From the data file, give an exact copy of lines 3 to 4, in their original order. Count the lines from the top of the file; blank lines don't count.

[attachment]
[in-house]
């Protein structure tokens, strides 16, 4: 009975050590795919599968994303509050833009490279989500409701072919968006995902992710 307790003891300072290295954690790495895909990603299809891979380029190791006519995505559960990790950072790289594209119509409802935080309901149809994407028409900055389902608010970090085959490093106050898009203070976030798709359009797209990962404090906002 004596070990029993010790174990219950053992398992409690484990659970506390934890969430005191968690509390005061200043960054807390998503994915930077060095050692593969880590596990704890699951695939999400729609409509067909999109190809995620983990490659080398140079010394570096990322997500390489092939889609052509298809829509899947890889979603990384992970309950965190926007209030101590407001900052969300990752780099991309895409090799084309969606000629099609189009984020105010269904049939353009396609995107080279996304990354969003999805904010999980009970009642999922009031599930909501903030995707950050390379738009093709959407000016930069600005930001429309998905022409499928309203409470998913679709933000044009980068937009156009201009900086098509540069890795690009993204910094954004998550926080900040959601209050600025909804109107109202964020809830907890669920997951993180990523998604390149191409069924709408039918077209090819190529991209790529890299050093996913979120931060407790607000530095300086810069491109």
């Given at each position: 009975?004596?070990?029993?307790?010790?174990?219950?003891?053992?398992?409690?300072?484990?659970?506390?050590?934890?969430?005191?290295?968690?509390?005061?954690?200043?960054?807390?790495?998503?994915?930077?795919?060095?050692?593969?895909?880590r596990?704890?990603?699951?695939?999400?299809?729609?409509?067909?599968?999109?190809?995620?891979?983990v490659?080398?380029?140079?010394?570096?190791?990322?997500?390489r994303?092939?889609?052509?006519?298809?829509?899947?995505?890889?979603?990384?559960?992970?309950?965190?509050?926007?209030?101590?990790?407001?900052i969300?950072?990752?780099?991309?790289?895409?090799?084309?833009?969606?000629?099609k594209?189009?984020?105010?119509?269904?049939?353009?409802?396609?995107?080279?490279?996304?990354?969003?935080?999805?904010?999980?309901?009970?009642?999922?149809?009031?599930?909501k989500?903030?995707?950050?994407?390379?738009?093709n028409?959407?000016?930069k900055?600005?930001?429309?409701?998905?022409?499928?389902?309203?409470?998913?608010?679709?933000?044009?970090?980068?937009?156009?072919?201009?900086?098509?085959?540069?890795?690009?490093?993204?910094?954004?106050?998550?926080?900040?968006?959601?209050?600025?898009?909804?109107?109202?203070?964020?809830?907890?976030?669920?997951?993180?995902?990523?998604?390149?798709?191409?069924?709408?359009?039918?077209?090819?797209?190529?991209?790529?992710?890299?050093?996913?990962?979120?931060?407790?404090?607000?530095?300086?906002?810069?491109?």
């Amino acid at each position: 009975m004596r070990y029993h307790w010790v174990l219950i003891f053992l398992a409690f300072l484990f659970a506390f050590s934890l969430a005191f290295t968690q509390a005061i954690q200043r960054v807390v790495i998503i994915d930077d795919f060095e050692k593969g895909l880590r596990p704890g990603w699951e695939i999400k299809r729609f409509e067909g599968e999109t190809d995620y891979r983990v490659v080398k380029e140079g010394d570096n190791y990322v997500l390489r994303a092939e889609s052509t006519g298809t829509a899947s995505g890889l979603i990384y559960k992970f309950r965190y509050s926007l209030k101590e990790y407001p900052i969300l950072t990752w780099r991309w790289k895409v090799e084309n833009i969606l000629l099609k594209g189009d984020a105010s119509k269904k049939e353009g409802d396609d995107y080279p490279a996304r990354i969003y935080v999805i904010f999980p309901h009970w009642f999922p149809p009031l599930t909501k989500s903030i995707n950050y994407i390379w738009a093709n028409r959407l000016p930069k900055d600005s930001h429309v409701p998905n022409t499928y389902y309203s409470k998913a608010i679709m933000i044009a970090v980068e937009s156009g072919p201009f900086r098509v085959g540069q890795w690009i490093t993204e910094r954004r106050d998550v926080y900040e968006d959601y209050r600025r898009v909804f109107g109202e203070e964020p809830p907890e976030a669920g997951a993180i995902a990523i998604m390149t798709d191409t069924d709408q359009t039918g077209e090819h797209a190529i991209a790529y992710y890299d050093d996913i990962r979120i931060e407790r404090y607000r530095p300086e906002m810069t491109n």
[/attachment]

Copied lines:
């Given at each position: 009975?004596?070990?029993?307790?010790?174990?219950?003891?053992?398992?409690?300072?484990?659970?506390?050590?934890?969430?005191?290295?968690?509390?005061?954690?200043?960054?807390?790495?998503?994915?930077?795919?060095?050692?593969?895909?880590r596990?704890?990603?699951?695939?999400?299809?729609?409509?067909?599968?999109?190809?995620?891979?983990v490659?080398?380029?140079?010394?570096?190791?990322?997500?390489r994303?092939?889609?052509?006519?298809?829509?899947?995505?890889?979603?990384?559960?992970?309950?965190?509050?926007?209030?101590?990790?407001?900052i969300?950072?990752?780099?991309?790289?895409?090799?084309?833009?969606?000629?099609k594209?189009?984020?105010?119509?269904?049939?353009?409802?396609?995107?080279?490279?996304?990354?969003?935080?999805?904010?999980?309901?009970?009642?999922?149809?009031?599930?909501k989500?903030?995707?950050?994407?390379?738009?093709n028409?959407?000016?930069k900055?600005?930001?429309?409701?998905?022409?499928?389902?309203?409470?998913?608010?679709?933000?044009?970090?980068?937009?156009?072919?201009?900086?098509?085959?540069?890795?690009?490093?993204?910094?954004?106050?998550?926080?900040?968006?959601?209050?600025?898009?909804?109107?109202?203070?964020?809830?907890?976030?669920?997951?993180?995902?990523?998604?390149?798709?191409?069924?709408?359009?039918?077209?090819?797209?190529?991209?790529?992710?890299?050093?996913?990962?979120?931060?407790?404090?607000?530095?300086?906002?810069?491109?």
């Amino acid at each position: 009975m004596r070990y029993h307790w010790v174990l219950i003891f053992l398992a409690f300072l484990f659970a506390f050590s934890l969430a005191f290295t968690q509390a005061i954690q200043r960054v807390v790495i998503i994915d930077d795919f060095e050692k593969g895909l880590r596990p704890g990603w699951e695939i999400k299809r729609f409509e067909g599968e999109t190809d995620y891979r983990v490659v080398k380029e140079g010394d570096n190791y990322v997500l390489r994303a092939e889609s052509t006519g298809t829509a899947s995505g890889l979603i990384y559960k992970f309950r965190y509050s926007l209030k101590e990790y407001p900052i969300l950072t990752w780099r991309w790289k895409v090799e084309n833009i969606l000629l099609k594209g189009d984020a105010s119509k269904k049939e353009g409802d396609d995107y080279p490279a996304r990354i969003y935080v999805i904010f999980p309901h009970w009642f999922p149809p009031l599930t909501k989500s903030i995707n950050y994407i390379w738009a093709n028409r959407l000016p930069k900055d600005s930001h429309v409701p998905n022409t499928y389902y309203s409470k998913a608010i679709m933000i044009a970090v980068e937009s156009g072919p201009f900086r098509v085959g540069q890795w690009i490093t993204e910094r954004r106050d998550v926080y900040e968006d959601y209050r600025r898009v909804f109107g109202e203070e964020p809830p907890e976030a669920g997951a993180i995902a990523i998604m390149t798709d191409t069924d709408q359009t039918g077209e090819h797209a190529i991209a790529y992710y890299d050093d996913i990962r979120i931060e407790r404090y607000r530095p300086e906002m810069t491109n």